Movie Review: ‘Space Jam: A New Legacy’ Is A Mixed Bag Of Nostalgia
Director: Malcolm D. Lee
Writers: Justin Taylor, Keenan Coogler
Stars: Lebron James, Don Cheadle, and Zendaya
Synopsis: A rogue artificial intelligence kidnaps the son of famed basketball player LeBron James, who then has to work with Bugs Bunny to win a basketball game.
Reboots and revivals, and have been a cosmic market for the entertainment industry. As of late and consumers have been reluctant to consume media that has shaped their lives as a child. There are countless sequels in the works such as Escape Room 2, Ghostbusters Afterlife, and Top Gun Maverick. Some sequels exceed people’s notions like Mad Max: Fury Road. And then there are sequels to films that fall short of the viewers’ expectations for instance Space Jam: A New Legacy.
People always used to talk about how exciting it would be for Warner Bros. to construct a new Space Jam movie for the latest generation of basketball fans. And how amazing would it have been for the franchise now that CGI technology has come a long way since the original installment released in 1997? I remember how fans would throw out names like the late Kobe Bryant or Stephen Curry to be the star of the next Space Jam installment. But as time passed I think it was inevitable that Lebron James would take Michael Jordan’s place as the next face of Space Jam.
This film created an assortment of reflexes on my end. One on hand, I thought the sequel had a greater sense of structure to the plot and attempted to have the audience feel something for Lebron’s family and the Looney Tune gang. On the other hand, I thought most of the human characters in the film lacked enthusiasm and gave fixed performances.
Lebron James was stiff as a board, and it felt like his role was given little to no direction as the movie progressed. His line delivery felt mechanic and it took me out of the film multiple times. Don Cheadle seemed to be having a blast with his role as AI. G Rythm. He took the character and ran with it. His character was one-dimensional but the way he interacted with the rest of the cast was pure entertainment and was the classic antagonist that I was expecting out of this movie.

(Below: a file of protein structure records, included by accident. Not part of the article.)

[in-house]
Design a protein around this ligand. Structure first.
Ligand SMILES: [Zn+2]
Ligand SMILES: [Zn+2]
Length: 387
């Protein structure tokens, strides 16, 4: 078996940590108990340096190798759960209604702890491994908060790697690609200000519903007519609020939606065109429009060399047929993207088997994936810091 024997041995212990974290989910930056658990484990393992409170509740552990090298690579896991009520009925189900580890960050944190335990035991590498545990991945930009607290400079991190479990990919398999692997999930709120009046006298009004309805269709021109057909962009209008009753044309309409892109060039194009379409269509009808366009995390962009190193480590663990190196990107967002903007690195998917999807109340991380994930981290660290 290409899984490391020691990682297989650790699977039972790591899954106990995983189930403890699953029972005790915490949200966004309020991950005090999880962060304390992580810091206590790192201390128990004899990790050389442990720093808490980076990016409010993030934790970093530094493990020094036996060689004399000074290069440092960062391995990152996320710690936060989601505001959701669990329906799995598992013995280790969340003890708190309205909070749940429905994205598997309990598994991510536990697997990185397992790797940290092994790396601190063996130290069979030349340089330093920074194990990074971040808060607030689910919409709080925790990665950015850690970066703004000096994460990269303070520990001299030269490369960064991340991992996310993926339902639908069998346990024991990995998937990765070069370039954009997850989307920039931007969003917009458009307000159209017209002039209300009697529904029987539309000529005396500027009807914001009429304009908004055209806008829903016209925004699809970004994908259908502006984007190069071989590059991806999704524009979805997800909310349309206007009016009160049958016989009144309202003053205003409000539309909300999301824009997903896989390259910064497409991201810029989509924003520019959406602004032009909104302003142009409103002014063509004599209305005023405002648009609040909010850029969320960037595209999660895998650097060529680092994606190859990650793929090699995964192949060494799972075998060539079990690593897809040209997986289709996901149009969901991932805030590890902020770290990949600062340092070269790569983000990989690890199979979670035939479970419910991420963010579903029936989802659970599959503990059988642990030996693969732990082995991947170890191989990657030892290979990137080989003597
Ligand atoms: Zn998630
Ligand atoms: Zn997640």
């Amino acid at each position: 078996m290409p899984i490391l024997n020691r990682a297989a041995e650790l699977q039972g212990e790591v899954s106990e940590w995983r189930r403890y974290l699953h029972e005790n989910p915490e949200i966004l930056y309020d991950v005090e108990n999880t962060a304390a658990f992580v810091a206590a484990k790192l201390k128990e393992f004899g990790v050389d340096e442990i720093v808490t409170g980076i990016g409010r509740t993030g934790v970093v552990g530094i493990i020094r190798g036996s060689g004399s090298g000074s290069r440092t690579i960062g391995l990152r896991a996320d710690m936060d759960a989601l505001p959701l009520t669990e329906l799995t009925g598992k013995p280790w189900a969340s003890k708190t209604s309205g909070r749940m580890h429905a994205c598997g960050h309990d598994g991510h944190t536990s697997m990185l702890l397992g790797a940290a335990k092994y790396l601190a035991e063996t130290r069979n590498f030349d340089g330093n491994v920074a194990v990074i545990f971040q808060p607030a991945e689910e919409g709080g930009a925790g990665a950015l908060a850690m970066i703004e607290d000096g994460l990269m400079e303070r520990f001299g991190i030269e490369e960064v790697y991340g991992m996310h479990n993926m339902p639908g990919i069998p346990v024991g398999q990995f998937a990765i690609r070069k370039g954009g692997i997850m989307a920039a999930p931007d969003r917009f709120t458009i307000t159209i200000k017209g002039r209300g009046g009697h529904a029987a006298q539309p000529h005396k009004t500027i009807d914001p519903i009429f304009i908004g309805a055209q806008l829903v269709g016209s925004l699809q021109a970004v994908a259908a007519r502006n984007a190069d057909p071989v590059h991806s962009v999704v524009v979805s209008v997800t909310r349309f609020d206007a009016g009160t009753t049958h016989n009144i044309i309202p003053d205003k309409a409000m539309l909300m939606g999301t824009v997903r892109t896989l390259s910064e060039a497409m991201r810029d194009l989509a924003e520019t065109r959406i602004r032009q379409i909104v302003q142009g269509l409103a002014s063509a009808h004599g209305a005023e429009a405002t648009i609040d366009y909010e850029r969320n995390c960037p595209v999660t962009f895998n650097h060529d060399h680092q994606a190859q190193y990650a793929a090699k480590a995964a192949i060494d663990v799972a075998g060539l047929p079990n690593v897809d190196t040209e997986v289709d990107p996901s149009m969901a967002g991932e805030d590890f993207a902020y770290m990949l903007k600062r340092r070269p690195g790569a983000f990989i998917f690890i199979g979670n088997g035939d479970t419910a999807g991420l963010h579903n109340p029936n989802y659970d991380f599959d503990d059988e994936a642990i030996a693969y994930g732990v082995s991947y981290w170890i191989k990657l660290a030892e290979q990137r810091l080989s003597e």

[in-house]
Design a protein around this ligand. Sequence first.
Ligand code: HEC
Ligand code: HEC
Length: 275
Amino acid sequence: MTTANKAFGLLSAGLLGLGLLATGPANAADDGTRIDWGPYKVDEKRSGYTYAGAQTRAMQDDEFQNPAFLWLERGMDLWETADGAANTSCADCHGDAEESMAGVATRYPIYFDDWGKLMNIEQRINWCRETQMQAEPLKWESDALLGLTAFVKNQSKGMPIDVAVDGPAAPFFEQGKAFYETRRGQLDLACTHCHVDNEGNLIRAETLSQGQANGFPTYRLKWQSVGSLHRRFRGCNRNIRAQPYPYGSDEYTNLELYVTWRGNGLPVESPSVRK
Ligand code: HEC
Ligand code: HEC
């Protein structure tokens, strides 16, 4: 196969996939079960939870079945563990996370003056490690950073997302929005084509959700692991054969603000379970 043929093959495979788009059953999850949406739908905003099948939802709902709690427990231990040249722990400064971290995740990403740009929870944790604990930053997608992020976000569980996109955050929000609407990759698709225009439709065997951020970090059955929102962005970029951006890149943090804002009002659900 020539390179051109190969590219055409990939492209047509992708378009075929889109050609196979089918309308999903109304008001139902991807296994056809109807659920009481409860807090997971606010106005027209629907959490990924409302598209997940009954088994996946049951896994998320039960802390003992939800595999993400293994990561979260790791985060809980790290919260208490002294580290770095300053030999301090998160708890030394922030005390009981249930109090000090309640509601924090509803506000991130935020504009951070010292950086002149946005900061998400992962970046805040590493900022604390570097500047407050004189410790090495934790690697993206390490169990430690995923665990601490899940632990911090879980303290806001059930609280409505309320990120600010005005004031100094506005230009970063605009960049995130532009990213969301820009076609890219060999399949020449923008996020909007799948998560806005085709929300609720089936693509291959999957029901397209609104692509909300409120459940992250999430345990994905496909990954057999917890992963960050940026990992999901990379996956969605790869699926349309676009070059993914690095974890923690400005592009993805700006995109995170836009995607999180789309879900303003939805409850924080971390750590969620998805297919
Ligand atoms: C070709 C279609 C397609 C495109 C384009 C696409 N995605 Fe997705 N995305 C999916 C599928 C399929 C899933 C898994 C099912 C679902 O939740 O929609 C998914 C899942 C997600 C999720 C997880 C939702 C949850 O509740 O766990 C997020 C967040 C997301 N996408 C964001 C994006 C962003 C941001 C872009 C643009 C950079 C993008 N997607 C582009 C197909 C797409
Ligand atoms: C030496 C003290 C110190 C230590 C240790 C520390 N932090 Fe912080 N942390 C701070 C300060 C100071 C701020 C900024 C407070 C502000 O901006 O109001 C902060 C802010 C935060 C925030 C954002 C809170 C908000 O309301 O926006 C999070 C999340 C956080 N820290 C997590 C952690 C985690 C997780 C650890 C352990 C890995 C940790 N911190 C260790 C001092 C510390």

This review would mean nothing without the main draw to film, the Looney Tunes themselves. They were the best part of this journey. The Draft Day scene was the most enjoyable part for me. I adored how the server verse was compiled of various Warner Bros. properties. And how each franchise had its world within the database. It was clever how they handled the crossover references, lines, and characters into the story. It almost felt like a celebration of Warner Bros. properties and how far they’ve come as a company. One minor setback is that I felt like this film was too long. I understand they wanted to reach that 2-hour runtime but this would have been more enjoyable if it was around the hour thirty maybe hour 45 mark. There was too much time wasted in the beginning before we arrived in the server verse.
The 2D animation looked phenomenal and being a 90’s kid, I felt right at home. I admire that they went the extra mile to create a cartoon version of Lebron. The time spent in the 2D toon world felt natural to the point where I wish the entire film was 2D animation. Unfortunately, the 3D animation could have used more polish to the final product. At first glance, the tune and toon squads seemed to have a wax-like texture to them and looked semi-animatronic. After a while, you do get used to the 3D look but it’s not a rewarding experience.
Space Jam: A New Legacy is a mixed bag of emotions I always enjoy seeing the looney tunes in their natural environment but the human characters are bland for the most part. The movie was a great ride but just because it’s labeled as a kid’s film doesn’t excuse it from being subpar.